Nokia to Cut 3,500 Jobs, Struggles With Transition

Nokia to Cut 3,500 Jobs, Struggles With Transition

Nokia plans to cut 3,500 jobs and close factories, as the struggling handset maker stays afloat while developing a new line of Windows phones.

The Finnish company said it will cut 2,200 employees from a feature phone factory in Cluj, Romania, as well as slash 1,300 jobs from its Location and Commerce division starting next year.

“The European market has shifted towards smartphones, whereas the feature phone market is predominant in Asia and we can get greater scale and proximity benefits by using our Asian factories in China and Korea,” a Nokia spokesperson explained.

The company also plans to “review the long-term role” of its manufacturing plants in Finland, Hungary and Mexico.

Nokia’s decision to embrace smartphones over feature phones may be necessary as the higher-end market ramps up in importance, but the change in strategy is costing the company its money, reputation and employees.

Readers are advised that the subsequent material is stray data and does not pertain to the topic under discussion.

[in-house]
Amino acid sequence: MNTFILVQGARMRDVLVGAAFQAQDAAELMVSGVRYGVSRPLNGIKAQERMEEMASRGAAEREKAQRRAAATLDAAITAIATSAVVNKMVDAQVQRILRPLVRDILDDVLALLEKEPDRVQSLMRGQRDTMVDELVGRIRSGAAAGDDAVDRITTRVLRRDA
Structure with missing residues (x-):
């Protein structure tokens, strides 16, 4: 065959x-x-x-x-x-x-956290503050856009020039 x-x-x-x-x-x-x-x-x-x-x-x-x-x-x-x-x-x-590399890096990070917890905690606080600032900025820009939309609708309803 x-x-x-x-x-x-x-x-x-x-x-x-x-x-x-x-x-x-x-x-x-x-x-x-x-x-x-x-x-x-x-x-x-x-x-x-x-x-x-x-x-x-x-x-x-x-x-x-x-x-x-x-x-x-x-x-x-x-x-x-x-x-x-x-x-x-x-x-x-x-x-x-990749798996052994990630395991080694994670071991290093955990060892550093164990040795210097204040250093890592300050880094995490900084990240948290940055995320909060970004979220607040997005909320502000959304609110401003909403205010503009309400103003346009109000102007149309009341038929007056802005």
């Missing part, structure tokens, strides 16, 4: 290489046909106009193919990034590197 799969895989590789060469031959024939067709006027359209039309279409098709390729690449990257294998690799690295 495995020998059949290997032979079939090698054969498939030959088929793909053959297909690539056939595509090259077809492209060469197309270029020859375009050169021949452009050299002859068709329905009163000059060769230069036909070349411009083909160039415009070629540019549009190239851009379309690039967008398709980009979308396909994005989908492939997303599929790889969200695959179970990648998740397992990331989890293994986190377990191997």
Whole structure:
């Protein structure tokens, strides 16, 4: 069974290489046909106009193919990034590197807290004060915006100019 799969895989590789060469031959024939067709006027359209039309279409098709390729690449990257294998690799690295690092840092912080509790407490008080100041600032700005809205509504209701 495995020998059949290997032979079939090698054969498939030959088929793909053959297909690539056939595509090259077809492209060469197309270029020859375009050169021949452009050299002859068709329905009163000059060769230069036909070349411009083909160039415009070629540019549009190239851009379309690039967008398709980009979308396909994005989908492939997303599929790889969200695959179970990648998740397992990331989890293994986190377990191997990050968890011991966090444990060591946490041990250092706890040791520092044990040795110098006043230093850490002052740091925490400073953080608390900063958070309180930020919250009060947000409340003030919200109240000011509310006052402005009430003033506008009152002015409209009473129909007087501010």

In April, Nokia said it would cut 7,000 jobs and outsource its ailing Symbian software, in addition to closing its luxury phone stores in Japan.

A few months later, Nokia slashed feature phone prices to retain consumer interest after suffering a $520 million loss in the second quarter. The company also ousted MeeGo around the time its CTO departed, bringing further losses to the foundering firm.

However, the changes are necessary if Nokia hopes to regain its competitiveness against rivals like Apple or Google, which gained dominance as consumers shifted to app-powered, touch screen high-end devices. Hoping to regain traction, Nokia entered into a partnership with Windows.

The Sea Ray handset, Nokia’s first Windows phone, debuted on August 2 to generally positive reviews, but the company stands to lose until it can market more than one such device and get them into the field.

But Nokia’s downward struggle, including pricing and personnel cuts, is likely to continue during its long and arduous transition to building Windows phones.

The company’s CEO Stephen Elop believes Microsoft’s partnership will save the handset manufacturer/a>.

Until then, however, Nokia may need to keep tightening its belt to keep its operations running and people employed.

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